Archivists criticise push to make WA State Records Office part of WA State Library
The Australian Society of Archivists (ASA) has warned the WA state government’s push to make the State Records Office part of the State Library of WA (SLWA) threatens good accountable government, reports the ABC.
The ASA said the government’s proposal, which is part of wide-sweeping public sector reforms, goes against the recommendations made in the ‘WA Inc’ Royal Commission and Commission on Government of the 1980s, which both recommended the establishment of an independent and separate archives authority.
ASA president Julia Mant said the conditions for poor government record keeping ‘that characterised WA Inc’, which refers to a series of deals struck with businesspeople like Alan Bond and Laurie Connell by the then-Labor government under Brian Burke, would reappear under such a change.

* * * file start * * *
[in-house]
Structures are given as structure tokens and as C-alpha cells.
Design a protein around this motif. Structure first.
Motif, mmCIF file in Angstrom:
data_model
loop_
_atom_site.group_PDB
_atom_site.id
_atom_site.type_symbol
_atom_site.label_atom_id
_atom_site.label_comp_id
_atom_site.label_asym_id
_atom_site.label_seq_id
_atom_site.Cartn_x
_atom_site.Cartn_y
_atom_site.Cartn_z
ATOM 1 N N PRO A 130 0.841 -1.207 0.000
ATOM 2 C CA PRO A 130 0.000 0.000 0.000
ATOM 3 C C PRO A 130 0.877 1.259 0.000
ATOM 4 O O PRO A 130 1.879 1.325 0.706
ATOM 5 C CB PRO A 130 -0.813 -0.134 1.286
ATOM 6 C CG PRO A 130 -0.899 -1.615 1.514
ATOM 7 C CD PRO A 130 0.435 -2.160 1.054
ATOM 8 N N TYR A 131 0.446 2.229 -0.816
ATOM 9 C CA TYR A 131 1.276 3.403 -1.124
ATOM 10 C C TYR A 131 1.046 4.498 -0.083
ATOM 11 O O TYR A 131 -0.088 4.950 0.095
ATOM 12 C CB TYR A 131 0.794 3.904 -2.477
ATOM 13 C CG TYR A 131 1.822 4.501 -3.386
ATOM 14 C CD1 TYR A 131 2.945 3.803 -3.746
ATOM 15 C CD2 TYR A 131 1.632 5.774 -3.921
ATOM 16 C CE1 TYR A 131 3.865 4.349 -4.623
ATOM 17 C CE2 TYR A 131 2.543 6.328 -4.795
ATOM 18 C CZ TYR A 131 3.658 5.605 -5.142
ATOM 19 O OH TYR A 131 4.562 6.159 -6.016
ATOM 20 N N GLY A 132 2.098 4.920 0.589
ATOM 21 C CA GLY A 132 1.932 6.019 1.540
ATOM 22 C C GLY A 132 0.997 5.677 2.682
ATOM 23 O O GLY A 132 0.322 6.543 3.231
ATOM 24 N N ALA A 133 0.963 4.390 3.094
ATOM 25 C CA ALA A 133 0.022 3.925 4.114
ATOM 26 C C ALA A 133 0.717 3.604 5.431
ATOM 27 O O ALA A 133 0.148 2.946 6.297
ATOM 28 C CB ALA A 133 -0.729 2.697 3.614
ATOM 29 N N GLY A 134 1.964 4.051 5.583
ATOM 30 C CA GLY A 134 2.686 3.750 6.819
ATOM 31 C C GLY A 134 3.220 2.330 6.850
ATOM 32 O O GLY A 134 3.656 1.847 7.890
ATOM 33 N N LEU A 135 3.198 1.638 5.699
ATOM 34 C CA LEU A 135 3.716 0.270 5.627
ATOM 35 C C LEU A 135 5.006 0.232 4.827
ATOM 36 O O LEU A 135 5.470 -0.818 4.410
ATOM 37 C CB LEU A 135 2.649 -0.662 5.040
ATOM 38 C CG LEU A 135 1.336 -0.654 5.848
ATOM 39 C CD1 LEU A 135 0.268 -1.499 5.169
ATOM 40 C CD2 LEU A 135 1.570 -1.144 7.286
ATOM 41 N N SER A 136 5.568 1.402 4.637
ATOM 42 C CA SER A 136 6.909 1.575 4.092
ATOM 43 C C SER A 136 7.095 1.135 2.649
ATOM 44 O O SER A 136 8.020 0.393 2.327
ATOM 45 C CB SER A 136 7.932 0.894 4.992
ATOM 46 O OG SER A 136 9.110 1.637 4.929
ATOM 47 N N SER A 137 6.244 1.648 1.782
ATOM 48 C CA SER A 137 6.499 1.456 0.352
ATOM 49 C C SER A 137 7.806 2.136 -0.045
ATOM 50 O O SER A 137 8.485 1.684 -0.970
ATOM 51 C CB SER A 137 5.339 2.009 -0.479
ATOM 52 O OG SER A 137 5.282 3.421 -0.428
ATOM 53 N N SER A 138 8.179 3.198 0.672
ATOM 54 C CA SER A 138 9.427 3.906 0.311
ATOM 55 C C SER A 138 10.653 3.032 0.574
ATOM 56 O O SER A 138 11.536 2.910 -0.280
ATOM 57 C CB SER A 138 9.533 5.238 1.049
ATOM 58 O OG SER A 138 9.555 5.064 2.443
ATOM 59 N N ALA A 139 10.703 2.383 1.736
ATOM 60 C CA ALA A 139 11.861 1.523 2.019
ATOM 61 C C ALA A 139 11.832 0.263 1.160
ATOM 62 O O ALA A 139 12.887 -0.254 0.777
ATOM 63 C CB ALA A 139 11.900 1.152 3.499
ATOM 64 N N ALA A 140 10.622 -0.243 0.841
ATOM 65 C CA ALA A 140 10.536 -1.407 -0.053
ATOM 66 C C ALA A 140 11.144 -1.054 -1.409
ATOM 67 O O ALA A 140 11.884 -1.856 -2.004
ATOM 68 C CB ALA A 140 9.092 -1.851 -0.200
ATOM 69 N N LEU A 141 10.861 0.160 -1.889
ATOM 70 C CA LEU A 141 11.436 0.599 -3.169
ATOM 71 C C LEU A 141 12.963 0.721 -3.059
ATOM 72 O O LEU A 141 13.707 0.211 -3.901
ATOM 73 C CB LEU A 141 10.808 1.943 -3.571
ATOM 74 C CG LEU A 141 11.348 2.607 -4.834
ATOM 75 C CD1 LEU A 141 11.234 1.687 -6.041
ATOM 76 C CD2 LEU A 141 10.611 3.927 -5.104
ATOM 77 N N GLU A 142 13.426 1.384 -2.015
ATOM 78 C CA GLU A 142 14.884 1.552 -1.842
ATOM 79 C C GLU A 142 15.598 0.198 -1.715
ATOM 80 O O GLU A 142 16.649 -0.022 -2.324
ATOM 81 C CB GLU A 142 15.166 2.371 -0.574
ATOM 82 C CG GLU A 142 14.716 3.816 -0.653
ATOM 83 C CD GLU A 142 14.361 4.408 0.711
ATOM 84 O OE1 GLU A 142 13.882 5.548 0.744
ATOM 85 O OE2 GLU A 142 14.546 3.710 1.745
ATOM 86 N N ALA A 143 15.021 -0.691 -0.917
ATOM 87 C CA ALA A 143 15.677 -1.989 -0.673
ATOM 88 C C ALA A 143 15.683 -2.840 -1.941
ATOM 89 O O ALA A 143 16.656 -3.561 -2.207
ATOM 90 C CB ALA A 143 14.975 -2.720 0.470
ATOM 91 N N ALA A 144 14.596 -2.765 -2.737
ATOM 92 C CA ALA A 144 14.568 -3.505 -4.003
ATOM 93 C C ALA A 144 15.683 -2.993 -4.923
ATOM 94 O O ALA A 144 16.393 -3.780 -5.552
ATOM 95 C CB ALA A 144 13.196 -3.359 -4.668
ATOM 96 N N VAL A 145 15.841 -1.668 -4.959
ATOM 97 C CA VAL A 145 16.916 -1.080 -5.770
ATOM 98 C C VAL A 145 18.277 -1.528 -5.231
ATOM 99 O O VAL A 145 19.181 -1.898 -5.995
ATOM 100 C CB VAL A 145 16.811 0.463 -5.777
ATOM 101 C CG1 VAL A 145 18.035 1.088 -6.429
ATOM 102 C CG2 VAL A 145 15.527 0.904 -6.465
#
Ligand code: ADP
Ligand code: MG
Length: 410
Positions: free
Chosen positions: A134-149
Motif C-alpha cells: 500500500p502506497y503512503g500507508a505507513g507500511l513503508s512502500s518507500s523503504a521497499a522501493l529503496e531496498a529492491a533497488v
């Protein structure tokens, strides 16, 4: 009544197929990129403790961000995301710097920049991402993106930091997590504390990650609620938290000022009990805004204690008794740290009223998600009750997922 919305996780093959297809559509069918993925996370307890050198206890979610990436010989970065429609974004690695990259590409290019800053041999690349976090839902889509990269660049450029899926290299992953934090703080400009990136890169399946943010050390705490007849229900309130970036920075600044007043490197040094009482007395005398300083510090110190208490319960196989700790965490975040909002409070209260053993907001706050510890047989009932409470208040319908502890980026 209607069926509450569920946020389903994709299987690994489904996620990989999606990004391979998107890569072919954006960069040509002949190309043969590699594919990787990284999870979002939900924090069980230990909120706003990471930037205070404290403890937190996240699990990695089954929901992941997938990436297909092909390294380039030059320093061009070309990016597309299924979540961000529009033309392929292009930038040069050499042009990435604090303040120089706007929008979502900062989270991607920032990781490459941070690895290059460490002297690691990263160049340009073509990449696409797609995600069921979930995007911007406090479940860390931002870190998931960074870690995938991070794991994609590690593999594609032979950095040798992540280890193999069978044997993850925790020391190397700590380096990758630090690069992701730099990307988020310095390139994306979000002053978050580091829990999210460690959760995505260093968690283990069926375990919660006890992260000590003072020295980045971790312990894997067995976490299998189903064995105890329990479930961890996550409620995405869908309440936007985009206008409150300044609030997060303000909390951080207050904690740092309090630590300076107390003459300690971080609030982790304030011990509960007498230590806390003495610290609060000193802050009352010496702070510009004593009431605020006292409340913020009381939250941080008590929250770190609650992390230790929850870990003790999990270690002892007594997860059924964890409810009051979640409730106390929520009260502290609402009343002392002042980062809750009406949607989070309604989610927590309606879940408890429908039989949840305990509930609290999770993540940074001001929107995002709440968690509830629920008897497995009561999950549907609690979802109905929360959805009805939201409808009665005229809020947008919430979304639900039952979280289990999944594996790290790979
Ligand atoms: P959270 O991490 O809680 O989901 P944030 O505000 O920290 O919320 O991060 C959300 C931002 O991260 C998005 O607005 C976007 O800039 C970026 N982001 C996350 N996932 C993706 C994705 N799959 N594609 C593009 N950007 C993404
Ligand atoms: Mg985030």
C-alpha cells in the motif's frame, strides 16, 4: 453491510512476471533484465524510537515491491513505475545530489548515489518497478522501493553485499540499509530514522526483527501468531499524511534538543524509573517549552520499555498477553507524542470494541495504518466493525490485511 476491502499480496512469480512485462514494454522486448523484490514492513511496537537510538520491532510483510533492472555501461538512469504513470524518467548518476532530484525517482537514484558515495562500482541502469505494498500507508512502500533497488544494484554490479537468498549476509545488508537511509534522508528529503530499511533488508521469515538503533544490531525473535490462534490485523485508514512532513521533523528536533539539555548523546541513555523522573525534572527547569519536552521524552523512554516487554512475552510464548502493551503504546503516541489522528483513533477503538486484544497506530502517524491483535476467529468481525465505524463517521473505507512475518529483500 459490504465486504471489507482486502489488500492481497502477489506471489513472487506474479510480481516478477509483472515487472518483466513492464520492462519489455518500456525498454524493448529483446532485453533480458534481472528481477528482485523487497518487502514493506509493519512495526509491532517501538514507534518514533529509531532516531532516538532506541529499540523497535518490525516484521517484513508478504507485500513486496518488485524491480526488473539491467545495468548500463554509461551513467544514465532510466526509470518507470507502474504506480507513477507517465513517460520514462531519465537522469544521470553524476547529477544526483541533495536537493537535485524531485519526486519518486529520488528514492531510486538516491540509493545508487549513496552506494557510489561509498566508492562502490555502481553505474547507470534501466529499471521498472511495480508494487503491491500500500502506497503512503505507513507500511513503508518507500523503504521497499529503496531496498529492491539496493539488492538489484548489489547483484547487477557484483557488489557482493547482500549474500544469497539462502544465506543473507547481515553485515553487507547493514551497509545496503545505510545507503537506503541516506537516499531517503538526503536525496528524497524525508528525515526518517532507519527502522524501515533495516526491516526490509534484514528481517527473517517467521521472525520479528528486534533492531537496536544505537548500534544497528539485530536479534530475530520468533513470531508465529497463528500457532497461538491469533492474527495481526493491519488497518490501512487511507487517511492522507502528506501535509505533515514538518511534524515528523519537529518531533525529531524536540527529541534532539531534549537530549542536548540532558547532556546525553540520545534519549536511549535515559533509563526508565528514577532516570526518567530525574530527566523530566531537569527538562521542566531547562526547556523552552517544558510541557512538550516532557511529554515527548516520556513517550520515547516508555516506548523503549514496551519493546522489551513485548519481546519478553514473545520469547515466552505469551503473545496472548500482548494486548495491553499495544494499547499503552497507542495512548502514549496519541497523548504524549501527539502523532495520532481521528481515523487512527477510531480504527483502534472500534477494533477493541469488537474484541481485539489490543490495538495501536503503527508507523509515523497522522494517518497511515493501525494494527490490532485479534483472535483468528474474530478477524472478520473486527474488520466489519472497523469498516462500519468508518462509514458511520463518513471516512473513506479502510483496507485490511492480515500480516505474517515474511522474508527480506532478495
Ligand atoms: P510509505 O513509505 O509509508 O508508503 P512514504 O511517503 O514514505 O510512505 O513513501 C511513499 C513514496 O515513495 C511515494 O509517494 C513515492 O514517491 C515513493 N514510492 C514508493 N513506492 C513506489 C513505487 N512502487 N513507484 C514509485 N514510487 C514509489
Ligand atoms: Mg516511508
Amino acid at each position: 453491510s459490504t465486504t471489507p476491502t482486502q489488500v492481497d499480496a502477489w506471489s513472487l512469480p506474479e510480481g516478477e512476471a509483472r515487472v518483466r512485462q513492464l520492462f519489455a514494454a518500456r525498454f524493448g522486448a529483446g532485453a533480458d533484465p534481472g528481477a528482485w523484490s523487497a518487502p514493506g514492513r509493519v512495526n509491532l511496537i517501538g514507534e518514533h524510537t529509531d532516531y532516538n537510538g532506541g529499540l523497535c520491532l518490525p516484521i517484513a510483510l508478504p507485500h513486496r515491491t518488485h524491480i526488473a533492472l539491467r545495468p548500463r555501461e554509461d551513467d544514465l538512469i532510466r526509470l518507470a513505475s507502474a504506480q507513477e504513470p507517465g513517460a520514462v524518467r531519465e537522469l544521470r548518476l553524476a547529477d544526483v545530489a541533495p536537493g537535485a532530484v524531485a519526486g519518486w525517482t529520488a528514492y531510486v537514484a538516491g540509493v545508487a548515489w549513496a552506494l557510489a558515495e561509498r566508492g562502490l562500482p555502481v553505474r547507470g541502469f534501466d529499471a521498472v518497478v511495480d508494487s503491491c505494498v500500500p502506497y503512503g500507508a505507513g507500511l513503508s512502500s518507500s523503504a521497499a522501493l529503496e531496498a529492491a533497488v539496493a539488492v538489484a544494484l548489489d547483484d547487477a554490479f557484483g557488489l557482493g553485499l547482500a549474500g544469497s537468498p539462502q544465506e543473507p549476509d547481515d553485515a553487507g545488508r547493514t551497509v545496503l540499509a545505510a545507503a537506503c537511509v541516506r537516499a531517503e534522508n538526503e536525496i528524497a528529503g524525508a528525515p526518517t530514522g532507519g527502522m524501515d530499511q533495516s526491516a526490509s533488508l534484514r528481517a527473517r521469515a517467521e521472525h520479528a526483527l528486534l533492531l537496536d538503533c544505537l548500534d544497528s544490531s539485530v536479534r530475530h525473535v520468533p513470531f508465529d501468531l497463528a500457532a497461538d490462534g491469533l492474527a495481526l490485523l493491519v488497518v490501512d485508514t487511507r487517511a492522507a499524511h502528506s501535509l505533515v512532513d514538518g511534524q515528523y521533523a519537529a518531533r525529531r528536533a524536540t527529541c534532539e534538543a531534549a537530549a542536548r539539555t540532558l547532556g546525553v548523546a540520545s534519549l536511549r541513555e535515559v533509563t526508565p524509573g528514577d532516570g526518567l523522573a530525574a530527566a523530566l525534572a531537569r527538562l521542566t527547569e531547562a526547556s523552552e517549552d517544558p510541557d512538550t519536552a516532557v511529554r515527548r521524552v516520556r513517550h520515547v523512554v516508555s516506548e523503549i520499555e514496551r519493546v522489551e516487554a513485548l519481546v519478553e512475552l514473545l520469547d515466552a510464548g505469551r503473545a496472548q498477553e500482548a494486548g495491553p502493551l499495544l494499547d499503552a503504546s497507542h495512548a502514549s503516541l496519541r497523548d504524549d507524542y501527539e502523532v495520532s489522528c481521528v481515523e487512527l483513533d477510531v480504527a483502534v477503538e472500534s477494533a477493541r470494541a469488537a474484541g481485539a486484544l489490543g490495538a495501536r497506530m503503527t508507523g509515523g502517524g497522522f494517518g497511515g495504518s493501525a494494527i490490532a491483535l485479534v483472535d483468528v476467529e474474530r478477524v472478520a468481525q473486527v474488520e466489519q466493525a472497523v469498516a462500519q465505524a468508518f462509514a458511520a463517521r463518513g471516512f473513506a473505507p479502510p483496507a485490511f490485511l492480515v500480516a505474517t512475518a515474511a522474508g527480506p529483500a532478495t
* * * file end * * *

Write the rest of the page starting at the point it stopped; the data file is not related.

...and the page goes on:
ASA treasurer Mark Brogan said the independence of the State Records Office (SRO) was ‘crucial to maintain integrity and ensure government documents and records were authentic, reliable and were not compromised’.
An internal note from then-director-general of the Department of Culture and Arts Duncan Ord on 1 June informed staff the office would become part of the State Library from 1 July.
Ord, who is now head of the Department of Local Government, Sport and Cultural Industries, denied the changes to the SRO would compromise its independence. ‘I’m very confident that these administrative changes are actually net positive and we have no intent to diminish the standard of record keeping in this state,’ said Ord. ‘The state archivist and executive director [of] State Records will be reporting to the chief executive and State Librarian, and the functions required under the State Records Act 2000 will continue to be administered with the current SRO resources.’
Category: Library news